If we are not extremely careful, we risk revisiting the worst excesses of the 18th and 19th Centuries, where the majority of people in the West lived in appalling conditions. Much of the rhetoric against the poor is recycled from this era. The current Government of this country and the Opposition are not doing much to help by sponsoring massive immigration without adequate housing or social services for the current population. 'Bread and circuses', as in the Olympics for Brisbane, do nothing to address this situation. We need real leaders with a social conscience who work to build a cohesive society. Currently we do not appear to have them.

Edward Fido | 10 July 2023  

A piece of dialogue in a TV show many years ago said words to the effect that in science, asking an impertinent question can lead to a pertinent answer.

Is it the same in moral philosophy? Is there a same-ness of sorts between the indifference of powerful officials to the impact of "Robodebt" on social security recipients and kicking a handcuffed Afghani subsistence farmer off a cliff? For a policy similar to "Robodebt", look into the British Post Office Horizon IT system scandal and its impact on small business franchisees running local post offices.

What is a policy but a series of one-off behaviours connected through a theme?

s martin | 11 July 2023  

Thank you John for this very powerful article about how those in power treat those who are welfare recipients.

In the 1970s when Malcolm Fraser was Australian PM and was telling young unemployed people that they were dole bludgers, I was teaching in a state high school in a working class district.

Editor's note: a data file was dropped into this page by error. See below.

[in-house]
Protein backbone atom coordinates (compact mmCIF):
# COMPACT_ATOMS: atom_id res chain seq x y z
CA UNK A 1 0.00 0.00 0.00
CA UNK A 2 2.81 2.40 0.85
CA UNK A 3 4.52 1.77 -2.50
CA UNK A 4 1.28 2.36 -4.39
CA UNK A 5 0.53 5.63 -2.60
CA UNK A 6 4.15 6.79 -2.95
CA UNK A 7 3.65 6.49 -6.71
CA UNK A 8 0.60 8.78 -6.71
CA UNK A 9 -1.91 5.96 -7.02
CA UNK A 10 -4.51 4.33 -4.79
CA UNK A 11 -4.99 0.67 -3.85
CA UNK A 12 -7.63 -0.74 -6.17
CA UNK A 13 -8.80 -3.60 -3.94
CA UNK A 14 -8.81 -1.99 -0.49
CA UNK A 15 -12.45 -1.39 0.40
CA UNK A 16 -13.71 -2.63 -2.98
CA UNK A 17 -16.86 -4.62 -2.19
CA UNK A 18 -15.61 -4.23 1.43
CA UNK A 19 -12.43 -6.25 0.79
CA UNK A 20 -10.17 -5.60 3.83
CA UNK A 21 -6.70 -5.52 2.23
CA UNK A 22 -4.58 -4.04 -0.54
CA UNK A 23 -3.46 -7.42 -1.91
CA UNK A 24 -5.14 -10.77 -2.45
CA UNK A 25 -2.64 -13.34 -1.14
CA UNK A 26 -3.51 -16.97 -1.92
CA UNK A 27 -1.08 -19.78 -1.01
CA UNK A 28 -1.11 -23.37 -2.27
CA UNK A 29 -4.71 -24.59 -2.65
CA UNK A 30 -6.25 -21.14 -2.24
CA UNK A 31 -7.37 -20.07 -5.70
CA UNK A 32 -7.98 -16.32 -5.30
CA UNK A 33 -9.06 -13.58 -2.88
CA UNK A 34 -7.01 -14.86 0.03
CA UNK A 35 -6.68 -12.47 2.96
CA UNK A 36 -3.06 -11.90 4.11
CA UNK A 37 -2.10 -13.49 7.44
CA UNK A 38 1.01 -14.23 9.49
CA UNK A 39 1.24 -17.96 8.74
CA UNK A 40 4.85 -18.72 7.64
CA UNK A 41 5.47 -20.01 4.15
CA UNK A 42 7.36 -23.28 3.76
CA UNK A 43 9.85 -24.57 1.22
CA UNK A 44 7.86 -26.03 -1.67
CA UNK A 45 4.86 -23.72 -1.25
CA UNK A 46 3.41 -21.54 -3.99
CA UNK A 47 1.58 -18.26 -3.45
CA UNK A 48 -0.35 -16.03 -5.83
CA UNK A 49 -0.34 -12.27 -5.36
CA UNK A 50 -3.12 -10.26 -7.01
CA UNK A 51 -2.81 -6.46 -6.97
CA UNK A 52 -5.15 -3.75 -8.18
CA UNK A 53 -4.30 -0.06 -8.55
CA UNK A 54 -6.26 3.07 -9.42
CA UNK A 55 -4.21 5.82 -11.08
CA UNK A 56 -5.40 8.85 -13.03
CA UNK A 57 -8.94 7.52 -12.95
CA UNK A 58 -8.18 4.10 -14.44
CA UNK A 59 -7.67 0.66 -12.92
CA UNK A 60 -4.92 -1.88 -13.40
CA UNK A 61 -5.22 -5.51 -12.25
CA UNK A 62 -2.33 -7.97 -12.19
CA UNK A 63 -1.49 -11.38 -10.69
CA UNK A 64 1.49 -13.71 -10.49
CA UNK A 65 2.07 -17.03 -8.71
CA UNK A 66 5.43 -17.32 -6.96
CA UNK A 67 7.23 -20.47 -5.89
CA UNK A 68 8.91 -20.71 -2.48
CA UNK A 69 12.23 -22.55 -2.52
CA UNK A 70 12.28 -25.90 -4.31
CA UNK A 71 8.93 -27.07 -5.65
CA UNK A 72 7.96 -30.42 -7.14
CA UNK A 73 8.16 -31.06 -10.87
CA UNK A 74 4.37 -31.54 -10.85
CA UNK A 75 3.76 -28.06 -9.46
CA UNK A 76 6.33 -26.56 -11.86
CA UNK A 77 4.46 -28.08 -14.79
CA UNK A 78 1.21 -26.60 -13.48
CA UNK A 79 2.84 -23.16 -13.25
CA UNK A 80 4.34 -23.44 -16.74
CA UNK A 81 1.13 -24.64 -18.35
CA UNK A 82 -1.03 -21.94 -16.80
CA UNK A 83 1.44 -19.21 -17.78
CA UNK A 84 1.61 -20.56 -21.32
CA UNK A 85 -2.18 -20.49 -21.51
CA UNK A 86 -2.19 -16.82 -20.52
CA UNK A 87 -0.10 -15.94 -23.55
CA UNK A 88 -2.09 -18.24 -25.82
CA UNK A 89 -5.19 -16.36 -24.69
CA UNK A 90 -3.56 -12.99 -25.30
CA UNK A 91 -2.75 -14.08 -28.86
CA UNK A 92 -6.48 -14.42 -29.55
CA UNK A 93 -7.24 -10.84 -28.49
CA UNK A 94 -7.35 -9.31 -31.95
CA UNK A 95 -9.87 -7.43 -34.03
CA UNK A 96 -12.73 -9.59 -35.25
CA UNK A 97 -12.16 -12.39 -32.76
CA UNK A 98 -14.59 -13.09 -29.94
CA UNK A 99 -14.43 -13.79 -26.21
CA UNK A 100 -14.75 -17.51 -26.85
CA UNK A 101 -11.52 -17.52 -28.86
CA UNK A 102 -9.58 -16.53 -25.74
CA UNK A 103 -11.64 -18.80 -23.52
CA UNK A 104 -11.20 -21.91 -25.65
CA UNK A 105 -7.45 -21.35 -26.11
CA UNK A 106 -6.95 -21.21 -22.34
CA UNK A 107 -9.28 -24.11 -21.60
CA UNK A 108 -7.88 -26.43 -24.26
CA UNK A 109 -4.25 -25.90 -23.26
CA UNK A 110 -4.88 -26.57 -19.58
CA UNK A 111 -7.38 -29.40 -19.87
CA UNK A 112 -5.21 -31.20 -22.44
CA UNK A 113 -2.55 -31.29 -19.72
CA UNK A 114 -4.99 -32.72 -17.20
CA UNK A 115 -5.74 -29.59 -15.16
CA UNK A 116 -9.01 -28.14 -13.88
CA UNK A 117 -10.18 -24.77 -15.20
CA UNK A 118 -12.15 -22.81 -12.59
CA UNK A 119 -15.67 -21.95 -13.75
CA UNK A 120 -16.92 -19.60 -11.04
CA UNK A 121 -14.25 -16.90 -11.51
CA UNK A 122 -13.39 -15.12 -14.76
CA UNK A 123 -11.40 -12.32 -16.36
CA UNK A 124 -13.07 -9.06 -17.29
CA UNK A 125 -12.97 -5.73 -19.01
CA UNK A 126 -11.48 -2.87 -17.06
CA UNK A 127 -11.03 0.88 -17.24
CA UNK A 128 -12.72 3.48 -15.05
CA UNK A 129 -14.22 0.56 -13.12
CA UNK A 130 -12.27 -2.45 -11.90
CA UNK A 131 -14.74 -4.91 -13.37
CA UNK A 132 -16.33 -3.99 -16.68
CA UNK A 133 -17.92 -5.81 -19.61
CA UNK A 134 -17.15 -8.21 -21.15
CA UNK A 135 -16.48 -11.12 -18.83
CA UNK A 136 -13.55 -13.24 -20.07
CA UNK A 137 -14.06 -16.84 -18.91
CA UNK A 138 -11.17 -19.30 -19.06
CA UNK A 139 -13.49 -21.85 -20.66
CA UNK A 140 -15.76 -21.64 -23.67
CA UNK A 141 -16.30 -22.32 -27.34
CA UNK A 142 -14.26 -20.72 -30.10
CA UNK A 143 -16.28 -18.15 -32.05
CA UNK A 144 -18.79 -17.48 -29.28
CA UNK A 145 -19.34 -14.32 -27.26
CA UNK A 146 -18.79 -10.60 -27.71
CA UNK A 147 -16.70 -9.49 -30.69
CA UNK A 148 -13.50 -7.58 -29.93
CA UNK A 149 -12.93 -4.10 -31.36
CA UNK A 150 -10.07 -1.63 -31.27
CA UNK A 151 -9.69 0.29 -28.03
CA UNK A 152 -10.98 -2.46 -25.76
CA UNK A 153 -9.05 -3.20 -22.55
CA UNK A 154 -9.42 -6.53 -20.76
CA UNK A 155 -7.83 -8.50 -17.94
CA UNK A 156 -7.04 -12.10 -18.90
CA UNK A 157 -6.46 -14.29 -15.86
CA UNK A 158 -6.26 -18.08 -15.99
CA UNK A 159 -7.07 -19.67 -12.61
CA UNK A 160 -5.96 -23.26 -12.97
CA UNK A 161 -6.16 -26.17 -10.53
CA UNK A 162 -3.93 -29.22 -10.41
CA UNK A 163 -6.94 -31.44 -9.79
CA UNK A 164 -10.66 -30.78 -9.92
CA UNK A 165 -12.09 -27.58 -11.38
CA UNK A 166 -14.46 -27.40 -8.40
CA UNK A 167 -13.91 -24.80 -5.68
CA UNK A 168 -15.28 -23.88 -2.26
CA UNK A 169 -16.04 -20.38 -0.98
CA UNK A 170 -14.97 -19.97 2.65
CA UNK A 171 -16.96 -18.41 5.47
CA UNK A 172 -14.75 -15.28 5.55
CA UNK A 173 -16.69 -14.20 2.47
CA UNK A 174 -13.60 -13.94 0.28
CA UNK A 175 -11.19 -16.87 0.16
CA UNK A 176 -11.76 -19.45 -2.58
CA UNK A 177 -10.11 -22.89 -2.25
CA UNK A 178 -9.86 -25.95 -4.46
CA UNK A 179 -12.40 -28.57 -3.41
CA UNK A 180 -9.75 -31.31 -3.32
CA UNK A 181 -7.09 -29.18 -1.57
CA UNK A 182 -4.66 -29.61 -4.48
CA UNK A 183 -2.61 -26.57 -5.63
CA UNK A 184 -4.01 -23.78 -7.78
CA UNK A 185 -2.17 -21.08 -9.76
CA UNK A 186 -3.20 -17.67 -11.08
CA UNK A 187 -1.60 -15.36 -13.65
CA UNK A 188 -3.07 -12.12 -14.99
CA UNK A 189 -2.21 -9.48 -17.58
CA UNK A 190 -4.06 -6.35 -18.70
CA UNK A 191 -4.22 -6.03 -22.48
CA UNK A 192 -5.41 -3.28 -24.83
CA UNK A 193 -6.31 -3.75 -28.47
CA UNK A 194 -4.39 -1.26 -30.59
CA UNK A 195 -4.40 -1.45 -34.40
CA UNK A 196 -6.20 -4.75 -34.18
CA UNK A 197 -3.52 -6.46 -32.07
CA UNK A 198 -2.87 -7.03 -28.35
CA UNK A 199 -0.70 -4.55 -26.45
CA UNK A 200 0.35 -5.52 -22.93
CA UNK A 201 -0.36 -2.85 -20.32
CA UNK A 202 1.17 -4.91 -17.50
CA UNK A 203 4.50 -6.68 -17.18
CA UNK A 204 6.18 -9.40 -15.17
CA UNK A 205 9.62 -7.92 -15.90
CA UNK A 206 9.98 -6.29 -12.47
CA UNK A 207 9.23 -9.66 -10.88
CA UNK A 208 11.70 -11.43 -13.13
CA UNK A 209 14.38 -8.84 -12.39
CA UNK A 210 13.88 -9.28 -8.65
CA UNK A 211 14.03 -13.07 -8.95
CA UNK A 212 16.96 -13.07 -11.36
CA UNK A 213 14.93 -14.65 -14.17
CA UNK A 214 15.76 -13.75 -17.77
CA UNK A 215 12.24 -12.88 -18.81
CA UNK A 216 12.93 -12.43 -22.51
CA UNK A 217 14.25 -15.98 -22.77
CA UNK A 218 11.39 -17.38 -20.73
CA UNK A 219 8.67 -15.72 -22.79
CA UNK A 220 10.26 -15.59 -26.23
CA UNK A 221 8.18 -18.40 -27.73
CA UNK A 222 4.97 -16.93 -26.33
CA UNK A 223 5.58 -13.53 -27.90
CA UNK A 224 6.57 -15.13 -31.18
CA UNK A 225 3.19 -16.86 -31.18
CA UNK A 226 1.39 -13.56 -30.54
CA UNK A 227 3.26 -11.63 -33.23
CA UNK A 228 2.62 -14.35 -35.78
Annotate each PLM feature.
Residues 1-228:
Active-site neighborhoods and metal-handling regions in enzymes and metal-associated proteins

Young people who applied for scores of jobs were unsuccessful, had their hearts broken and harboured negative feelings about themselves. Some became very depressed and some suicided.

The fact that these young people could not get work was because there were not enough jobs to go around.
However, this did not stop politically inept and compassionless adults from mindlessly mouthing off the nasty propaganda - often directing it at the victims of what has become a very harsh neoliberal economic system.

All too often, we hear people who have fantastic wealth treating the unemployed and others who need financial assistance as lacking a work ethic. However, blaming the victims for the economic problems that exist in society does not change anything for the better.

I agree that the pandemic should teach us that we all need to work together to care for each other. However, we should also be aware many of the mega wealthy have had their wealth mightily increased while there are even more in dire need.

We need a positive and effective approach to economic planning that ensures that no-one is forced to live in poverty. This means putting the needs of people first - not planning for unemployment because this is supposed to be good for the economy!

A good start would be for governments have a fair tax system - not one that allows the mega wealthy pay minimal or no tax and bludge on the rest of society. And not involving us in the super expensive and unnecessary AUKUS agreement would be another.

We need compassion and commonsense and less pandering to the wealthy and powerful.

Andrew (Andy) Alcock | 11 July 2023  

Ross Gittins is the most insightful newspaper columnist of any I read.
Today's column should be essential reading for everyone.
The penultimate column:

"There are many reasons I am proud to be an Australian. But one thing that makes me ashamed is the way our politicians seek popularity by pandering to the worst side of Australian character: our tendency to scapegoat those less fortunate than ourselves, particularly boat people and the jobless. "

So, getting back to the line from Rerum Novarum that I quoted above in my earlier comment, where has the Australian church leadership been?
Missing in action for all the great moral challenges of our times: climate change, mandatory detention of asylum seekers, invasions of other countries. - in Rerum Novarum's language "the obligations of justice."

Joseph Fernandez | 12 July 2023